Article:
EDISON’S Brain Ticklers Solved by Boy STUDENTS (Nov, 1929)
EDISON’S Brain Ticklers Solved by Boy STUDENTS
Mind ticklers in “Edison’s brain derby” cover wide field of specific, catchy and general problems, answered most satisfactorily by Wilbur B. Huston, 16-year-old Seattle boy. Purdue scientist said they were easy enough for any high school boy or girl who had studied elementary physics.
FORTY-NINE boys, hand picked from among pupils in high schools through-cut the country, spent five hours in answering a questionnaire drawn up by Thomas Alva Edison, the famous inventor—a set of questions which would prove sticklers for many of their elders.
The examination represents a searching test, not only of the practical education of the applicants for the scholarship offered by Edison, but also of their ideals, character, resourcefulness and practical understanding of usual conditions and general information.
The winner of the brain derby, Wilbur B. Huston, is the 16-year-old son of Bishop S. Arthur Huston, of Seattle. The boy chose to go to the Massachusetts Institute of Technology for the four-year scholarship he won. His progress will be closely watched by Mr. Edison who is on the lookout for genius to help carry on his work.
Dr. George E. Read, scientist of Purdue University, has answered some of the scientific questions put before the “boy Edisons” and it is suggested that the reader pause after the question and formulate his own answer before reading the answers of Dr. Read.
Here are some of Edison’s questions and Dr. Read’s answers: Q—If you were marooned alone on a tropical island in the South Pacific without food, how would you move a three-ton weight such as a boulder, 100 feet horizontally and fifteen feet vertically?
A—The question is rather vague. I am surprised at Mr. Edison for not making it clearer, but one would have to move a round body of this weight 300 feet up a slope with an average grade of five feet to the 100 feet, rolling it all the way. The boulder would have to be moved 200 feet in one direction and 100 feet in the other, going up hill all the way. To do this the boy would be exerting a force of 150 pounds on the boulder in order to move it about.
Q—The captain of a boat, when passing a certain cliff en a Summer night, heard the echo of his whistle four seconds after blowing. How far away was the cliff? If he repeated this observation from the same point on a day in January, would he notice any change in time? If so, what and why?
A—The distance is about 2400 feet, as the speed of sound is roughly 1200 feet per second. This speed changes with temperature, being less when the temperature is low, so that it would take longer for the echo to return in January.
Q—How does weight differ from mass?
A—Mass is measured by resistance of body to a change of motion. It is connected with inertia.
Weight of the body on earth is the force between the mass of the earth and the mass of the body.
Dr. Read suggested the following questions could easily be answerd by a dictionary, and what the dictionary says follows: Q—Name the uses of the following: Galvanometer, vernier, oscillograph, pantograph, micrometer, pyrometer.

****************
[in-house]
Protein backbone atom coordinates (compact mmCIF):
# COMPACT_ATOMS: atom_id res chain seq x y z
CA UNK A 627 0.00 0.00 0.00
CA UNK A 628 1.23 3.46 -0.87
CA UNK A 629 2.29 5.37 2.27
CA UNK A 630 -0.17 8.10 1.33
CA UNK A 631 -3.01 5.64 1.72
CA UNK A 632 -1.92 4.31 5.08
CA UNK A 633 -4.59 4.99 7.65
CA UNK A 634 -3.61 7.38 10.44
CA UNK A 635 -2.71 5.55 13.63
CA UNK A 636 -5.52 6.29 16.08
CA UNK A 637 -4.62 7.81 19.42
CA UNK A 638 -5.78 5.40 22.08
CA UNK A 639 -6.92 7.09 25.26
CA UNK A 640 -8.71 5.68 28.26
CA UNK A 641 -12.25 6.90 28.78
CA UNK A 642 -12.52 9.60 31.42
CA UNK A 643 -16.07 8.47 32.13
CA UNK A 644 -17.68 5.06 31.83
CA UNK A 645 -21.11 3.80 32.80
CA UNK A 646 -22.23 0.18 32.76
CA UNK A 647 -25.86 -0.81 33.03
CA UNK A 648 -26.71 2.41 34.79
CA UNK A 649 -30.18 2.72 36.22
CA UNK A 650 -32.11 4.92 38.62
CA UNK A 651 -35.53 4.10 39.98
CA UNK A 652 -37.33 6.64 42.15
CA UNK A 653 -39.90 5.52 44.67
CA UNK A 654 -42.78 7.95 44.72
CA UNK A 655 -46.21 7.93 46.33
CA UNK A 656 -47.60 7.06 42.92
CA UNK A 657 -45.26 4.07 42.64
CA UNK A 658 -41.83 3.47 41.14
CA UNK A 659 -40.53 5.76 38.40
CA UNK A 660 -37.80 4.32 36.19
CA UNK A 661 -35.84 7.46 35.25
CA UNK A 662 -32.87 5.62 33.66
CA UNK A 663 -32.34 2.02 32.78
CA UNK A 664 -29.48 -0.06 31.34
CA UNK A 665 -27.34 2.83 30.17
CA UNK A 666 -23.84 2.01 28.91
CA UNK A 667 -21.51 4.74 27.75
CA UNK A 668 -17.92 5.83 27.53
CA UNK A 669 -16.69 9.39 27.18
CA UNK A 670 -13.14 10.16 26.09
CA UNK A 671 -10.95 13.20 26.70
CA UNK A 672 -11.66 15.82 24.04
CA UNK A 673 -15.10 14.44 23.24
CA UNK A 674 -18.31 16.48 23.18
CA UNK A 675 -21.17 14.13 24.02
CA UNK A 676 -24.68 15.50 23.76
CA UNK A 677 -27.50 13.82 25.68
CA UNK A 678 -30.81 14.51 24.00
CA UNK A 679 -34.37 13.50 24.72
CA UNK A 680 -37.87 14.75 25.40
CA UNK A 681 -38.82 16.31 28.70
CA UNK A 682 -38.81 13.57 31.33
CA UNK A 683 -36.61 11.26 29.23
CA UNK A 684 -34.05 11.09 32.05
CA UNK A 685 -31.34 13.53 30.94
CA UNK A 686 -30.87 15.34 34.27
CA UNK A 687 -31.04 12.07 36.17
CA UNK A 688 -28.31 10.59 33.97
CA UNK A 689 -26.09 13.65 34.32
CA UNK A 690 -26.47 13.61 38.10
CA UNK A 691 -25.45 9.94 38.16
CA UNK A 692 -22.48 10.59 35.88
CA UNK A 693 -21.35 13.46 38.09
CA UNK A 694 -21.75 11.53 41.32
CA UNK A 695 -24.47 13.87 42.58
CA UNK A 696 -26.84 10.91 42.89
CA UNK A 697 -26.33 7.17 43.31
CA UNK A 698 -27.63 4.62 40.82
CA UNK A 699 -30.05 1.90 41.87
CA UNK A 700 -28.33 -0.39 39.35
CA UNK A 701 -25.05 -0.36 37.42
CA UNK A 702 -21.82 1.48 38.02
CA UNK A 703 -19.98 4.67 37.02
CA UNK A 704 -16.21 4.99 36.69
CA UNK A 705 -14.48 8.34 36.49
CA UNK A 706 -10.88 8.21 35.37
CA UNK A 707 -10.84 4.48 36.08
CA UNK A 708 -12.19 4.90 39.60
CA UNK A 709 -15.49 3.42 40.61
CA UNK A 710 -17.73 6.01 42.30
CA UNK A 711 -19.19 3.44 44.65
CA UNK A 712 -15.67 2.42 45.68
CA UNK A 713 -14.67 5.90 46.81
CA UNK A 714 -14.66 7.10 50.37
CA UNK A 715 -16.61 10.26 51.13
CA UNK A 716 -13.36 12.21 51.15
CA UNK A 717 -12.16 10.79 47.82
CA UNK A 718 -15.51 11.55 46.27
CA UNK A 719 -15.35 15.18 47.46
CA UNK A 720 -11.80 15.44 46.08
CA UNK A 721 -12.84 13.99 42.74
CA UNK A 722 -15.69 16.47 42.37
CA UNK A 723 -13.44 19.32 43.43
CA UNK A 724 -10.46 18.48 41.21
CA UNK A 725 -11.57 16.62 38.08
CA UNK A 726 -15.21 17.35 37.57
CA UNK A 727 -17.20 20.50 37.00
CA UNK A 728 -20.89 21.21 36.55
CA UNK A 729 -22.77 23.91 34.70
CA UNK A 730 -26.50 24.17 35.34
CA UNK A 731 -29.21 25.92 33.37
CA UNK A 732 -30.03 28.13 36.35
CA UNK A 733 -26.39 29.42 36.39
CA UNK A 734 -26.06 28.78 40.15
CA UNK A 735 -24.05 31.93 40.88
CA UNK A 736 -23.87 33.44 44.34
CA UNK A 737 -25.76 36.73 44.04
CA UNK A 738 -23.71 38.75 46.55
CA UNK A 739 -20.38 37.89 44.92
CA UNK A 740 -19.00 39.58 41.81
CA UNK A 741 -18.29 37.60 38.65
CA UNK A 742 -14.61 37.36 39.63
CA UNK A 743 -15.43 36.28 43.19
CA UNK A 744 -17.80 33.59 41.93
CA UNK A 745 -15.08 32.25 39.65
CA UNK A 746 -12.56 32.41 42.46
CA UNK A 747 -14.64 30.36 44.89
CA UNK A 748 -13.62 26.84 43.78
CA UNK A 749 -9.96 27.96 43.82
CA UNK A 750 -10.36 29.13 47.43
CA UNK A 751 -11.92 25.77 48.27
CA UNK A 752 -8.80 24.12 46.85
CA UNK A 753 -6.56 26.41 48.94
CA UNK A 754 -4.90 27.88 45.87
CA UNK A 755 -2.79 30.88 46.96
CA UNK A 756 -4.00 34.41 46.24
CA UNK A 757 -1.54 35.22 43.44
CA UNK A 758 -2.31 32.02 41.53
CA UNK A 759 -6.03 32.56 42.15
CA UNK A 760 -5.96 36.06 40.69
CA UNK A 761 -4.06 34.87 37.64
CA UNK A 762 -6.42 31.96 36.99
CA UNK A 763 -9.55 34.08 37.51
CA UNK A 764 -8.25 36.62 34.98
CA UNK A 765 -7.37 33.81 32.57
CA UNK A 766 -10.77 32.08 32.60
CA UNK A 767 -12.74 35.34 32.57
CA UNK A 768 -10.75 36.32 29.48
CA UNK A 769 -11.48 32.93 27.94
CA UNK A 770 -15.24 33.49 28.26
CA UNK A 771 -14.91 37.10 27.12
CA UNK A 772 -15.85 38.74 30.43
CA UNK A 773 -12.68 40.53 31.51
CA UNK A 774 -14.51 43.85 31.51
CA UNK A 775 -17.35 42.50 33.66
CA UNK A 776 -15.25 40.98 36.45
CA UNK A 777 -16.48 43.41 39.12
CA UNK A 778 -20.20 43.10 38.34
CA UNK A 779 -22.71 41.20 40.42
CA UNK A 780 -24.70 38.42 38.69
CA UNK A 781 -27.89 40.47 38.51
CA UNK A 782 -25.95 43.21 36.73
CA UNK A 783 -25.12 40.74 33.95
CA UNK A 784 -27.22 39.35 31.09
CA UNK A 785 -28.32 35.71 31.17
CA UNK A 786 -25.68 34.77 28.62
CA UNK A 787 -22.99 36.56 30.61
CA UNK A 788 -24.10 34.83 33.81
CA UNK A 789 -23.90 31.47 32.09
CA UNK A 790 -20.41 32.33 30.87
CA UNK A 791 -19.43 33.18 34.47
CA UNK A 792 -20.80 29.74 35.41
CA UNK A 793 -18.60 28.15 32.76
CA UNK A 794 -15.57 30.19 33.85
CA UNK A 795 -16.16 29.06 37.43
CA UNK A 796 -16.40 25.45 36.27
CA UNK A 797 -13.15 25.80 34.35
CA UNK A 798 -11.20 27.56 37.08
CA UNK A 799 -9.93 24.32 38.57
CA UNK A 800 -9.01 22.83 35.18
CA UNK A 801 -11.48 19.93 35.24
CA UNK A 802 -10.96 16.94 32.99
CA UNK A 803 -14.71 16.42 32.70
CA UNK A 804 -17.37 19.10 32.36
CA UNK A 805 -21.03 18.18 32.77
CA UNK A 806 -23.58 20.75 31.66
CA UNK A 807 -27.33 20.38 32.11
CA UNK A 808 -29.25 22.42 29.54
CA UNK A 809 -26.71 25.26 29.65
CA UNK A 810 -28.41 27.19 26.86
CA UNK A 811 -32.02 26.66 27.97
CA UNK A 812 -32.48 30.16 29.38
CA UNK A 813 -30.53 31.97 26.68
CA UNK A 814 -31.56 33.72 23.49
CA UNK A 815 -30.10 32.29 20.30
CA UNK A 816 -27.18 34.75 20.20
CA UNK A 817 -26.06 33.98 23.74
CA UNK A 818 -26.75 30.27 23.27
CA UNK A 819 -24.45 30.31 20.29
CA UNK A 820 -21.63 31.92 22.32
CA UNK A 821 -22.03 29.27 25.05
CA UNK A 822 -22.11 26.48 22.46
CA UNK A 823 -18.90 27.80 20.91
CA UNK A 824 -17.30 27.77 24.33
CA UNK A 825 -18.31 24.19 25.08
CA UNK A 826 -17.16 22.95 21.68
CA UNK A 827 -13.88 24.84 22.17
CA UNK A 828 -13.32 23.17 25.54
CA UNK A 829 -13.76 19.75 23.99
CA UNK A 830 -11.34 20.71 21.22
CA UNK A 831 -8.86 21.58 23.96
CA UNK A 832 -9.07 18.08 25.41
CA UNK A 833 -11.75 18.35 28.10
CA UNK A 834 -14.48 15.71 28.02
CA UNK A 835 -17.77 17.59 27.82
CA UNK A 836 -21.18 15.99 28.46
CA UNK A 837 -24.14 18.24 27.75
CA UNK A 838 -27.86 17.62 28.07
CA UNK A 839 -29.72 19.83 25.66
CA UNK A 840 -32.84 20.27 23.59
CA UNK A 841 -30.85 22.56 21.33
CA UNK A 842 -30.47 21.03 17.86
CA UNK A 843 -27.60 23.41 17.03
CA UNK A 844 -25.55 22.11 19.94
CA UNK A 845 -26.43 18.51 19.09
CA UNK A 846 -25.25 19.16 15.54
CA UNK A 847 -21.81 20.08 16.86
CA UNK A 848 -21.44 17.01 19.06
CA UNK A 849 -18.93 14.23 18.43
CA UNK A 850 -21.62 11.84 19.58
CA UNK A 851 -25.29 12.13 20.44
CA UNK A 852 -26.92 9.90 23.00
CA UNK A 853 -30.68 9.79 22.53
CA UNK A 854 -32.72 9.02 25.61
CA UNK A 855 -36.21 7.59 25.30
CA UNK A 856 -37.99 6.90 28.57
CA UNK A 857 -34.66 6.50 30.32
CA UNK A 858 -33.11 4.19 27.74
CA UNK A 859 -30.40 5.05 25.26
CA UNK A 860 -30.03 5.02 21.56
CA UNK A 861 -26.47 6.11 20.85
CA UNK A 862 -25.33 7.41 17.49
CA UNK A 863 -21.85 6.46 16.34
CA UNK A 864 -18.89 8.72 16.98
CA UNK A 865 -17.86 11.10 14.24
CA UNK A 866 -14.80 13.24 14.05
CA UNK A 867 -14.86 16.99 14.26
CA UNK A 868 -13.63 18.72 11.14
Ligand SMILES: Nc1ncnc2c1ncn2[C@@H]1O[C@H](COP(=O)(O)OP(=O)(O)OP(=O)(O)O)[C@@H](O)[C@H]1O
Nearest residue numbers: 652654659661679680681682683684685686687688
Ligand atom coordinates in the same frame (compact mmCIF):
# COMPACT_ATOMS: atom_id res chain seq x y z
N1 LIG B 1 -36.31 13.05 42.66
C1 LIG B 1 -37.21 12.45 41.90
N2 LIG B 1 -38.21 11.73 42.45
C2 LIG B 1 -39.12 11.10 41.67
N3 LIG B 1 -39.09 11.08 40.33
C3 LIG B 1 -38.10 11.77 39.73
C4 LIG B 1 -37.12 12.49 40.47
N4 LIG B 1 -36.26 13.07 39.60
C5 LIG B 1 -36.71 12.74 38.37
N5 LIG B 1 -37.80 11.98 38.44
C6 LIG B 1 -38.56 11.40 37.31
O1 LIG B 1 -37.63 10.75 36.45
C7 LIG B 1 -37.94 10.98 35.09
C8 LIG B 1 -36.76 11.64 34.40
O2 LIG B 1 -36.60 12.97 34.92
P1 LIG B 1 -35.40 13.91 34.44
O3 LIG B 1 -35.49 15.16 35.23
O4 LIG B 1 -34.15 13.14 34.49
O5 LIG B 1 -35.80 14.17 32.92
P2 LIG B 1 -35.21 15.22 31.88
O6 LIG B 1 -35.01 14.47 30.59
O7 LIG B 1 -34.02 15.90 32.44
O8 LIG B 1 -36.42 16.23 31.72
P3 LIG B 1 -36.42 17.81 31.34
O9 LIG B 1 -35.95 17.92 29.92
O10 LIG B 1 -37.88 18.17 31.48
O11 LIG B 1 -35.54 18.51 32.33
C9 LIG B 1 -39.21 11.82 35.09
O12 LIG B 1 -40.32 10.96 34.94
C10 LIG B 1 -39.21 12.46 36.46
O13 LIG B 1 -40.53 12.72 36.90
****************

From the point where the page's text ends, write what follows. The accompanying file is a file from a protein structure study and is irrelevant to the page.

A—A galvanometer is used to measure the intensity of an electric current as well as detect its presence or direction.
A vernier, or short sliding scale, is used in conjunction with graduations on other instruments where it indicates fractional parts or divisions of small segments at a glance.
The oscillograph records or indicates alternating current wave forms or other electric oscillations.
The pantograph is utilized to copy written material or maps on a larger or smaller scale by tracing over the original.
A micrometer or caliper gauge will make fine measurements down to .0001 of an inch.
A pyrometer measures the expansion of solid bodies by heat.
It is interesting to note that prize-winner Huston answered most of the technical questions as correctly as Professor Read and ether scientists. Some of young Huston’s answers follow: Q—-What do you consider four of the most important qualifications necessary to success in any pursuit?
A—Ambition, the will to work, education and stamina.
Q—What are your four favorite publications?
A—The Readers’ Digest, The Atlantic Monthly, The Literary Digest, The Scientific American.
Q—When do you consider a lie permissible?
A—In case of serious trouble, pain and grief, and you do not benefit yourself in any way.
Q—What future do you see for the automobile?
A—The automobile will become a subordinate means of transportation, to be used for short distances, while the airplane will be used for long distances. (He also foresaw the electrification of both.) Q—What would you do if marooned on an island in the South Pacific without tools and had to move a heavy boulder for some distance?
A—I would use a young tree, cut with a sharp stone, as a lever, on an inclined plane—provided the boulder could be moved and I could start it.
Q—Which one of the following would you be willing to sacrifice for the sake of being successful: Happiness, comfort, reputation, pride, honor, health, money, love?
A—I would sacrifice comfort.
Q—How would you spend $1,000,000 if that sum were left to you within the next year?
A—I would give some to my family parish, because it is poor, and some to my father and mother.
Q—If you had been given a certain experiment to perform and had been informed that it could be done successfully, but you had failed 10 times, what would you do?
A—I would check my instruments and my chemicals and try it again. If then I got no results I would try again with varying procedure.